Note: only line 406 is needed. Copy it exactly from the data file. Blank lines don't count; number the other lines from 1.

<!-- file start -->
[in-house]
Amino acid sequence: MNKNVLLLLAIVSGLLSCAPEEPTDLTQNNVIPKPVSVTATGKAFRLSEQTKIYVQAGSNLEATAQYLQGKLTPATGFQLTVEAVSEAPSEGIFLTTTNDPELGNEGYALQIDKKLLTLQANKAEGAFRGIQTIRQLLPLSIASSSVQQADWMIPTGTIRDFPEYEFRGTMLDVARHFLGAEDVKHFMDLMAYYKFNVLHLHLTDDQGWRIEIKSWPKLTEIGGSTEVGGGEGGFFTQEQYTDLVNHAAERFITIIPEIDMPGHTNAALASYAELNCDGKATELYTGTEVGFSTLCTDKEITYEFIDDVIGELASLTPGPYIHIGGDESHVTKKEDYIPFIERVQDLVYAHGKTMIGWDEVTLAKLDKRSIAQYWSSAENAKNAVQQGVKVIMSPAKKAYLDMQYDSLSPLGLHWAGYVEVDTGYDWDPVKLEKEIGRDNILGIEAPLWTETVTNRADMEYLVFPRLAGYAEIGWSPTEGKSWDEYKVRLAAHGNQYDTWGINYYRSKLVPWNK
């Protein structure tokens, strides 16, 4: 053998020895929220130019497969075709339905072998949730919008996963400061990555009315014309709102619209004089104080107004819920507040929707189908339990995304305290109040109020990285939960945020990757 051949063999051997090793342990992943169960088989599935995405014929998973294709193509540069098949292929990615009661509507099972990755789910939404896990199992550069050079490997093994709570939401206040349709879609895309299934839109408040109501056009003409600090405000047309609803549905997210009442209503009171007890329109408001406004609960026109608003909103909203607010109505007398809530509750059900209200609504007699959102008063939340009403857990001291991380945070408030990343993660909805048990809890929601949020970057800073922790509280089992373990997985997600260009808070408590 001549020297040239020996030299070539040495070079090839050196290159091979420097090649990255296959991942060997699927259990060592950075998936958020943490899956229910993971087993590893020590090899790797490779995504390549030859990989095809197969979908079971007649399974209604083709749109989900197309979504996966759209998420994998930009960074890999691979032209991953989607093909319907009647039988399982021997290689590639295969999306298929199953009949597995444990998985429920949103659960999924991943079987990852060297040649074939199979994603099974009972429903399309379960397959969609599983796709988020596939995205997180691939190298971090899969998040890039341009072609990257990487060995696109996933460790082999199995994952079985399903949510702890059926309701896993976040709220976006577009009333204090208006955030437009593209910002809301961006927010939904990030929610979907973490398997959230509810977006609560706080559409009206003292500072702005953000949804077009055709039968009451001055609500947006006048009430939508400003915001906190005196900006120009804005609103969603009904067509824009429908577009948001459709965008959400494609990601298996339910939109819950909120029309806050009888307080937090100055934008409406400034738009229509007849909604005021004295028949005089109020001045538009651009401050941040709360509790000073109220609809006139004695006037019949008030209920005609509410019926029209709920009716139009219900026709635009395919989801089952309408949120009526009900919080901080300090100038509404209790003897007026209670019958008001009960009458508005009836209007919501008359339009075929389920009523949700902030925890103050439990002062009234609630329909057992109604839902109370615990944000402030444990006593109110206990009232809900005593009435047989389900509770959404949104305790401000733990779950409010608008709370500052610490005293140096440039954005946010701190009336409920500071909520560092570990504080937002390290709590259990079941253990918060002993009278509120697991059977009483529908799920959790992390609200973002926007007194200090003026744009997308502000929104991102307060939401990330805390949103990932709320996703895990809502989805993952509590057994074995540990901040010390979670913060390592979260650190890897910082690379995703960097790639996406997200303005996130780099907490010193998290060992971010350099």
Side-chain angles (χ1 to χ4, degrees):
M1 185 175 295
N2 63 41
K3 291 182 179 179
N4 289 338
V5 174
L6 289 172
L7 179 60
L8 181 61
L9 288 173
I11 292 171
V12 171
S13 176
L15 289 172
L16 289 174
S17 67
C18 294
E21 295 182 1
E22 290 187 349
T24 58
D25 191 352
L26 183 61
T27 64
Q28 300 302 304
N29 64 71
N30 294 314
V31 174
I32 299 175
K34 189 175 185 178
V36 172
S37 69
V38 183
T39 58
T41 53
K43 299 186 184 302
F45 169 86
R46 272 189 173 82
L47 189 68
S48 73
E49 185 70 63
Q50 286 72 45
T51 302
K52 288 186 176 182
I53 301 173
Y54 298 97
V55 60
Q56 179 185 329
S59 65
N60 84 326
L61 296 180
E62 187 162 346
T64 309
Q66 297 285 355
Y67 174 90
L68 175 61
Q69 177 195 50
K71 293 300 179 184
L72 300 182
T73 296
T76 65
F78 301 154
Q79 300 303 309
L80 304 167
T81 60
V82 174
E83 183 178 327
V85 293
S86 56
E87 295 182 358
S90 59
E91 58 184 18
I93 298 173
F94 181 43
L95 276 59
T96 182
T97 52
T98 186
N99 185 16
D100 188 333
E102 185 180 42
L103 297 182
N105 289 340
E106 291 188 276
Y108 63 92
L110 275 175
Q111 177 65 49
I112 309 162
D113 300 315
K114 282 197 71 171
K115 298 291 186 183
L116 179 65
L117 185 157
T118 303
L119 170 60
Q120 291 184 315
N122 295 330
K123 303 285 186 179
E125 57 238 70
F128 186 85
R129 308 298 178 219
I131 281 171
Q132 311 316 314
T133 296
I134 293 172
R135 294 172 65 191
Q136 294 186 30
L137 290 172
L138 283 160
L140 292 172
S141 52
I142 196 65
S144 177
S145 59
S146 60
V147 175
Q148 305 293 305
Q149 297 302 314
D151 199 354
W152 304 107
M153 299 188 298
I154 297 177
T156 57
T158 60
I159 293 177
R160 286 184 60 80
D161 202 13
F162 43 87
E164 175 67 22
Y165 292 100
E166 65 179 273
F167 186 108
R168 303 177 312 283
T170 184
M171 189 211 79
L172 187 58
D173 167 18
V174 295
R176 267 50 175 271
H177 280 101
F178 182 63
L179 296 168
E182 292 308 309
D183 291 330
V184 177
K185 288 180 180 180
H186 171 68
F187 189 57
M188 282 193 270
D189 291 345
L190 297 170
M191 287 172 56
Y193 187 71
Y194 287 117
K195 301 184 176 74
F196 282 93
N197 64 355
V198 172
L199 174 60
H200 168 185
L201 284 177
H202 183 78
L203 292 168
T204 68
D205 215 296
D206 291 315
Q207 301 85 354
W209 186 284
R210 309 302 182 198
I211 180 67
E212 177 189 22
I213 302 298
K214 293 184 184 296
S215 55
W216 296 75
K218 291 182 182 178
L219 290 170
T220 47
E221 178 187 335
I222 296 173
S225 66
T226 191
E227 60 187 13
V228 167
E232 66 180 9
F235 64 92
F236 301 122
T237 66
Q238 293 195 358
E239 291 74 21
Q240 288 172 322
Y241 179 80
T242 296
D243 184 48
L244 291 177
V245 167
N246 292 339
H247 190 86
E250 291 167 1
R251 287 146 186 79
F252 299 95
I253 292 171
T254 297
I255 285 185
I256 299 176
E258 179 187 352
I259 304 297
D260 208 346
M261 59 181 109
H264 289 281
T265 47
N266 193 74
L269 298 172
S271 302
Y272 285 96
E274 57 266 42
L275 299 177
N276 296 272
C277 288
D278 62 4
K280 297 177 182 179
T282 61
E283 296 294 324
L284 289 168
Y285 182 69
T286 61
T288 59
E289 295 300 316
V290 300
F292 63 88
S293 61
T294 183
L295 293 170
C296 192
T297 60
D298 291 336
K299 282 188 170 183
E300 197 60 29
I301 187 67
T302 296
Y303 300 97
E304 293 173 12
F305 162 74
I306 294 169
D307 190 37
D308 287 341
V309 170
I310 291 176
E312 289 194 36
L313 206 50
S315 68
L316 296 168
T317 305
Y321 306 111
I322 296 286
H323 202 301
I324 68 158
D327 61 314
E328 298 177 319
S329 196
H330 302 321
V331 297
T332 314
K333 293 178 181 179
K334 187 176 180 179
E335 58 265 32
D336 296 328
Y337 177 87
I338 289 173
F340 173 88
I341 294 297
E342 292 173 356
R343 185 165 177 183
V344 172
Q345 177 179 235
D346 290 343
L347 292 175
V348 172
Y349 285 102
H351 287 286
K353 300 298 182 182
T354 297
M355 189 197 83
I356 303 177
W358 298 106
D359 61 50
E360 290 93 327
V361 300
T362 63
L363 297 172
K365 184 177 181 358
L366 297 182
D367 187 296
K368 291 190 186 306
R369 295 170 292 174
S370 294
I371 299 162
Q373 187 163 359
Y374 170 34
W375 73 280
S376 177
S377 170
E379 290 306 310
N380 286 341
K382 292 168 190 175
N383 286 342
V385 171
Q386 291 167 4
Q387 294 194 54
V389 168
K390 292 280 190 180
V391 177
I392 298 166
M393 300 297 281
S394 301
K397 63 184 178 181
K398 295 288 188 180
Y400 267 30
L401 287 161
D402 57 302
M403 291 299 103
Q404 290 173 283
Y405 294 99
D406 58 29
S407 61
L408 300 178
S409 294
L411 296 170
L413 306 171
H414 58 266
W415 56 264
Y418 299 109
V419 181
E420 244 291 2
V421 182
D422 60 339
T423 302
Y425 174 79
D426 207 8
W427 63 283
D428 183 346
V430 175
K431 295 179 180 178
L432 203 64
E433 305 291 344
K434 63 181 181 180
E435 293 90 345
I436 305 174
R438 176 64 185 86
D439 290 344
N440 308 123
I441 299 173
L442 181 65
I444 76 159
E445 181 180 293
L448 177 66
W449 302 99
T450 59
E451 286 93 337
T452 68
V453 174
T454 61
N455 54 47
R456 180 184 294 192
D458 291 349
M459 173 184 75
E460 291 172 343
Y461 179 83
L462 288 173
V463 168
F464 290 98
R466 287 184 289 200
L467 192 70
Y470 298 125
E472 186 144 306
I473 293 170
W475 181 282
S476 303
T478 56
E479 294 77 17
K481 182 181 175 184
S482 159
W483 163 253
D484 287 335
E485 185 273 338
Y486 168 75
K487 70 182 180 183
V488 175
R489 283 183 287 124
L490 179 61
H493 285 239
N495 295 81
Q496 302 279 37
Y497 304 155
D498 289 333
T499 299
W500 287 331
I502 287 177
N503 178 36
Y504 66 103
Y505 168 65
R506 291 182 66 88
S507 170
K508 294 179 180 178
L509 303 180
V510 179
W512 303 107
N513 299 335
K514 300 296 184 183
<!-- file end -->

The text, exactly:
K508 294 179 180 178